Alex Massie

Without John Hume there might have been no peace process

Without John Hume there might have been no peace process
Veteran Northern Ireland politician and Nobel Peace Prize winner John Hume, Picture: Getty
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John Hume, the first and the greatest of the Irish peacemakers, has died aged 83. Few political leaders are truly indispensable, but it remains difficult to imagine a Northern Irish peace process without John Hume. Without Hume’s questing belief that peace was not only desirable but possible, there might have been no peace process at all.

For two decades Hume served as leader of the SDLP and, more significantly, the moral centre of Northern Irish politics. Like so many others, he knew injustice and discrimination; unlike too many others, he did not allow that experience to strangle his own humanity. Though a more complicated man than his sometimes-saintly reputation now suggests – for he was not untinged by vanity – he had the courage to see possibility where others spied only despair. The discovery that there could be a better way owed much to John Hume’s imagination.

He had partners, of course, not the least of whom was his long serving deputy Seamus Mallon, who died earlier this year. Mallon’s moral fortitude was never in doubt either and his death should have been more widely noted in the rest of the United Kingdom than it was – Hume’s passing is an opportunity to correct that oversight.

But it was Hume, above all others, who insisted that the gun should have no place in Irish politics. Hume who appreciated that while the realities of allegiance in Ulster could not be wished away, those realities could still be accommodated without recourse to violence. This was his star; his constant. For Hume, difference was the essence of the human condition but difference demanded respect, not hatred; difference was something to be accommodated, not wished away. Once accommodated, we might be surprised to discover how trivial some of those differences had always been. In this, as in much else, he was at root an indefatigable optimist.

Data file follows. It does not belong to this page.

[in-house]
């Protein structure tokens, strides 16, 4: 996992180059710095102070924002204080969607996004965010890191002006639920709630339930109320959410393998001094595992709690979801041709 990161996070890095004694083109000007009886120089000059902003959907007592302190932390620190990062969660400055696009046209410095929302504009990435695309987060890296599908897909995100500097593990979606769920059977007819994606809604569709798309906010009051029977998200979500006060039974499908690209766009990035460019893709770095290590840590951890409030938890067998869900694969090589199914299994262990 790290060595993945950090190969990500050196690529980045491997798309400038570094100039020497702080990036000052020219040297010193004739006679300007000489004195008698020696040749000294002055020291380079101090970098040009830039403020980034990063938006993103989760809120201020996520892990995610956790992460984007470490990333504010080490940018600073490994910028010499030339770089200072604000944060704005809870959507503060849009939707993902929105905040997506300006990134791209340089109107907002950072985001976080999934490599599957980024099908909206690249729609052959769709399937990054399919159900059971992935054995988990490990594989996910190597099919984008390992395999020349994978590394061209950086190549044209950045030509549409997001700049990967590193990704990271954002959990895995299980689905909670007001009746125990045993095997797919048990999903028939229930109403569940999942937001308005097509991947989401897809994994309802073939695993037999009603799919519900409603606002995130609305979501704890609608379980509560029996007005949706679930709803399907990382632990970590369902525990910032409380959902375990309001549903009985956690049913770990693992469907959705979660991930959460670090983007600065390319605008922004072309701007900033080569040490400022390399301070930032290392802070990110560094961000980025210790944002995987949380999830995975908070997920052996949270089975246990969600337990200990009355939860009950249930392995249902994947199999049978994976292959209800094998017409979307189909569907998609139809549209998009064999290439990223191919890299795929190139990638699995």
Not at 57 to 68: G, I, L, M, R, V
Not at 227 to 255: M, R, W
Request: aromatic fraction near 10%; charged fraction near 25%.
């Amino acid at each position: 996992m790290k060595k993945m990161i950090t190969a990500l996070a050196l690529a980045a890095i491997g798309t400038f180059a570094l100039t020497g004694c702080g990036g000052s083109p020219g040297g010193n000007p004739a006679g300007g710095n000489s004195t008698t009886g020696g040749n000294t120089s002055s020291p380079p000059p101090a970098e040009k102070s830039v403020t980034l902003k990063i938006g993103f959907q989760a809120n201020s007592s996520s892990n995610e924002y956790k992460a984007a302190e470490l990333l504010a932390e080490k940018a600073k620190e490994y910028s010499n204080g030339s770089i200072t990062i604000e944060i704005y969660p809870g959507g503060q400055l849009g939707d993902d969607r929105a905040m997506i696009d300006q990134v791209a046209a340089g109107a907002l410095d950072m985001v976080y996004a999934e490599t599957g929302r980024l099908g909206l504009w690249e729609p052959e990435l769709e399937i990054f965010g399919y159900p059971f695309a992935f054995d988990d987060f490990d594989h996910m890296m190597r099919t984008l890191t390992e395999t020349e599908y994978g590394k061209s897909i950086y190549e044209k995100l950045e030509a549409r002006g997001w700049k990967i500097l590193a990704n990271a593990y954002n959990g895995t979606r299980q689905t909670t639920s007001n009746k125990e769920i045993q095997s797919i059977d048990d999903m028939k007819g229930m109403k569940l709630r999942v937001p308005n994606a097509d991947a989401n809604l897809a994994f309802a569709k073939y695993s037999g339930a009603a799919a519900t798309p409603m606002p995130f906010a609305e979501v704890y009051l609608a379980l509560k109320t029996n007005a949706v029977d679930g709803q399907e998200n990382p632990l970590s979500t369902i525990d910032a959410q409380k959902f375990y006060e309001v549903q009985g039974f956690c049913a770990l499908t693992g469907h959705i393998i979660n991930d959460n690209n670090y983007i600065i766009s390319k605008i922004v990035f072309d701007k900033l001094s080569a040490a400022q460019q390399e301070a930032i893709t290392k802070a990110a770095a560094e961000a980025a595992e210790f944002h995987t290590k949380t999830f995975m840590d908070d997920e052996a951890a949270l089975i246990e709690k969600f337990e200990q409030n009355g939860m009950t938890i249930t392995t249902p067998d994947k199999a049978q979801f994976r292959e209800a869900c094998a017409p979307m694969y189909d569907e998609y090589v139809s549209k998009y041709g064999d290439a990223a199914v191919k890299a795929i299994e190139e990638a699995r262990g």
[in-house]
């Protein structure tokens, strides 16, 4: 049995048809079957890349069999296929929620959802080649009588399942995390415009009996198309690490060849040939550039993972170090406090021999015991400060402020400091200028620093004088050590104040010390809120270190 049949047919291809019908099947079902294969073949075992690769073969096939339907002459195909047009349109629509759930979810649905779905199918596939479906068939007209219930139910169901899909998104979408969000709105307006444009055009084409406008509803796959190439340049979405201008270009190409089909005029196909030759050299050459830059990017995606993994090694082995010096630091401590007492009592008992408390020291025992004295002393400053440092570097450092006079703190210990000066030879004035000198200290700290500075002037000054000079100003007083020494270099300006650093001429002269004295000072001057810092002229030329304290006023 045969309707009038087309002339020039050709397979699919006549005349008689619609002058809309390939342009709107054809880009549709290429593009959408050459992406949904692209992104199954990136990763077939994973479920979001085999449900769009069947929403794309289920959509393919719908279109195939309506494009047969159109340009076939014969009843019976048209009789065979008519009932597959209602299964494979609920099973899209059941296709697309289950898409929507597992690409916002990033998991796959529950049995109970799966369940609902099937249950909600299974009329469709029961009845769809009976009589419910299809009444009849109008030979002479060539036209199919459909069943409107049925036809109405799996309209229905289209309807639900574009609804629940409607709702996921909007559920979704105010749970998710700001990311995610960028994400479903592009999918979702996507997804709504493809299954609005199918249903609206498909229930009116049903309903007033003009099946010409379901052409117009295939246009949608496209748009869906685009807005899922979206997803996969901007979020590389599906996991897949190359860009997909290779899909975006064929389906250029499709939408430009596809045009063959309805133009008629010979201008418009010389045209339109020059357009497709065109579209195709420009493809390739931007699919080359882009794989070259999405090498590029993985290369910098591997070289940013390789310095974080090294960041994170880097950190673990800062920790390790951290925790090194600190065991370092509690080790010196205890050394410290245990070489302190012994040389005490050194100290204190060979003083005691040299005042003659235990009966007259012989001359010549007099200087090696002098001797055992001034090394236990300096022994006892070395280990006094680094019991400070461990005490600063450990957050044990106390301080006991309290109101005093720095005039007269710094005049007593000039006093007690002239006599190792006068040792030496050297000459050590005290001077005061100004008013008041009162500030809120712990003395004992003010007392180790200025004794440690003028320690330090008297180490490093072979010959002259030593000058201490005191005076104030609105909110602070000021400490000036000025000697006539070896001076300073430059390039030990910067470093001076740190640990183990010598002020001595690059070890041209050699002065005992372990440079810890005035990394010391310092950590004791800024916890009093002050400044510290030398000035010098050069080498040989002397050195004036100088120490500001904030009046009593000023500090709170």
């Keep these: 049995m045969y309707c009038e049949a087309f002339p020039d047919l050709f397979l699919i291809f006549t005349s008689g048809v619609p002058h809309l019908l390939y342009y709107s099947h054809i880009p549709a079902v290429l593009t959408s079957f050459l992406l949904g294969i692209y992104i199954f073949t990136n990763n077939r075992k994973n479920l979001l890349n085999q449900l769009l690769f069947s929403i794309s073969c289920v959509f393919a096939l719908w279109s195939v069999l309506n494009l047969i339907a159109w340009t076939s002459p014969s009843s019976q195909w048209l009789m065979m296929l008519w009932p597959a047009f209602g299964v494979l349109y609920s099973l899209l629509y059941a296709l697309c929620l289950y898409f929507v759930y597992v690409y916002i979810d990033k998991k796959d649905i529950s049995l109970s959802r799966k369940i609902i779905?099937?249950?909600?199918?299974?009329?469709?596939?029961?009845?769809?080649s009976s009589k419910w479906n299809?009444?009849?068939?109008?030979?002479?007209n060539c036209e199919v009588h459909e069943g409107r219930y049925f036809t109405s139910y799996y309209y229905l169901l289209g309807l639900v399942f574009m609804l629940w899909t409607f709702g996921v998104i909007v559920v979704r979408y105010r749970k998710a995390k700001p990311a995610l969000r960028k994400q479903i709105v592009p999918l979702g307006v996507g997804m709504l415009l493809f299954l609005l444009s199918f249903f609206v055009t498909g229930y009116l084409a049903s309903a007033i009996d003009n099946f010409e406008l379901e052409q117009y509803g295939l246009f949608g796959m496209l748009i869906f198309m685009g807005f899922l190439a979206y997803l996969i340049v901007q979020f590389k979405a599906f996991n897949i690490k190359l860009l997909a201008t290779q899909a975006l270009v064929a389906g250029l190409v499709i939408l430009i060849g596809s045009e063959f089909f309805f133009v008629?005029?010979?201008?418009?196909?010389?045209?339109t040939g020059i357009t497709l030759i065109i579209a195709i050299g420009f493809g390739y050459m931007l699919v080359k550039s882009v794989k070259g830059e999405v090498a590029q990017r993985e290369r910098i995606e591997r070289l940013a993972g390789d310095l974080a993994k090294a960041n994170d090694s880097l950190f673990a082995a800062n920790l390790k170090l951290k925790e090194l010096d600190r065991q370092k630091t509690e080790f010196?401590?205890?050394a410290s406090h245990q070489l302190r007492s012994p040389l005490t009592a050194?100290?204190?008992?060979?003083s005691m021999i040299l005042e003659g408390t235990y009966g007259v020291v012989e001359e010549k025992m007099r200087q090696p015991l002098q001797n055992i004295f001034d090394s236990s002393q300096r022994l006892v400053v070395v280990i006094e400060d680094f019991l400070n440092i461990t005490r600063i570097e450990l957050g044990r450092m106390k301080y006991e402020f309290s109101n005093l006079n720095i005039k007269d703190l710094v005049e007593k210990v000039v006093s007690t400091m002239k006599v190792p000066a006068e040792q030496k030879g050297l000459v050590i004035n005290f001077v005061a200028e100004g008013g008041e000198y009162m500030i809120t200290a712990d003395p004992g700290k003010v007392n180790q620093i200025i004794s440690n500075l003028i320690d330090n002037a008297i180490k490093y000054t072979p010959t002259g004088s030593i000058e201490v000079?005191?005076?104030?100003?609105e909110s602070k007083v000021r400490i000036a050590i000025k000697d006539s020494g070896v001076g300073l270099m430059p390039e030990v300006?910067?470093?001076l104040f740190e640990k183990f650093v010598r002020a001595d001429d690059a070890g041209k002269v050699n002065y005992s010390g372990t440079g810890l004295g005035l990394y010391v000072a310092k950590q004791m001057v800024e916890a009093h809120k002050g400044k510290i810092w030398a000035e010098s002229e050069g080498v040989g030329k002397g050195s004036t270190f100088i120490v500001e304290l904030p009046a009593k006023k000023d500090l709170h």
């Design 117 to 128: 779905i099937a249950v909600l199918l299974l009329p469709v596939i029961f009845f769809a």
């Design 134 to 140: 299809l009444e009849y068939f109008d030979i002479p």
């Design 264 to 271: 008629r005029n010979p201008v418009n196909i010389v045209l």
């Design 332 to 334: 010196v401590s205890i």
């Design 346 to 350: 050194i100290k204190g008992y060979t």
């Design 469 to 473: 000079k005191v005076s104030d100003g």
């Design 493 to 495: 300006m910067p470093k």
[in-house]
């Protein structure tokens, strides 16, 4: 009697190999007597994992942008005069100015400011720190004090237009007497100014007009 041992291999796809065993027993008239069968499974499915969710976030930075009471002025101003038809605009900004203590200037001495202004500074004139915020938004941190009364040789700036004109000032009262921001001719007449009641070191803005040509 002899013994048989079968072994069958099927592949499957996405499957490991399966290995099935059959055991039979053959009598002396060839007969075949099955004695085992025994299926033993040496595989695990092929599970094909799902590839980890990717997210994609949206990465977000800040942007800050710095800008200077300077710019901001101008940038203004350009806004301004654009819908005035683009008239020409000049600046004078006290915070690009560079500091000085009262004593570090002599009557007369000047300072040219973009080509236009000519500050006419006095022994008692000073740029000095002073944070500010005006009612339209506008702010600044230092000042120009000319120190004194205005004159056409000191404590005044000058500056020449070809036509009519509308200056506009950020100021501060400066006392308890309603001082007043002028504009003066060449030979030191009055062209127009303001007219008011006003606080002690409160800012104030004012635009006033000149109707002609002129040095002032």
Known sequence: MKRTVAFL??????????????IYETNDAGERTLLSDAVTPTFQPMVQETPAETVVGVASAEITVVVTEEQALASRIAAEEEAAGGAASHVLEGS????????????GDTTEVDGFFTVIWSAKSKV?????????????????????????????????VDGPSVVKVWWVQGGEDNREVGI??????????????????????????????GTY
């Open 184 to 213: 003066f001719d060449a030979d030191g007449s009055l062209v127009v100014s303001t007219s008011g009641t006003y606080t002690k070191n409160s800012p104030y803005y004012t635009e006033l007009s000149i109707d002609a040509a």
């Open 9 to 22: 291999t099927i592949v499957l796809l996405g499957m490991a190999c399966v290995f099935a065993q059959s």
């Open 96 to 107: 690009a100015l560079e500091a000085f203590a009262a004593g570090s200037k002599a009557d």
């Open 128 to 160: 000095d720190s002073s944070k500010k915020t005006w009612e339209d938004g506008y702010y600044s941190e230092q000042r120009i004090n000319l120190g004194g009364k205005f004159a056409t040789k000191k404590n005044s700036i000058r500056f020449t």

Many factors, including the IRA’s strategic military defeat, were required before peace could be consecrated. Unlike some, Hume appreciated that murder was murder and remained so, even if notionally committed in the service of ‘our’ cause. Unblinkingly, steadfastly, he refused to be softer on green than he was on orange.

That took courage, not least since it made him an object of suspicion in certain quarters. Sinn Fein and the IRA were not merely opposed to Ulster Unionists and the British presence in Northern Ireland, they were actively hostile to John Hume, the SDLP, and Irish nationalists too. Shamefully, there were some in other parts of the United Kingdom, including in the Labour party, who took the side of the Provisionals. If they were capable of shame, those people should be doubly ashamed today.

If the Northern Irish peace process was an imperfect creature, only fools consider it a journey made at too great a price. That cost, however, should not be forgotten. It is a measure of Hume’s greatness – a powerful word, but an appropriate one in this instance ­– that he, with Mallon, helped create the conditions that led to the evisceration of their own party, and did it anyway.

In that respect Hume and Mallon were ahead of the people they were trusted to represent. Like moderate Unionism, moderate Nationalism was hollowed-out by the peace process. The centre was weakened rather than strengthened, and the government of Northern Ireland has since been entrusted to less respectable parties. Deplorable and unjust as this may have been, some alternatives would have been even worse. Good things contain disagreeable things too.

But Hume grasped the reality that nation is an imagined space, capable of existing on multiple layers. Sometimes these will overlap; at other times they operate in distinct areas of their own. Ireland, like Britain, contains multitudes and many of these are most acutely found in Ulster. The architecture of the peace settlement reflects this and, in so doing, articulates the complicated and often ironic lived experience of the Northern Irish peoples themselves. Irish and British, and depending on perspective, sometimes radically both or neither; Ulster is a Pushmi-Pullyu province.

John Hume did more to make that reality understood than any other political leader in Ireland or the United Kingdom. Without him, there might have been no peace process; without him, any peace process might have been a lesser thing. Few men in our lifetimes have served their country with greater distinction.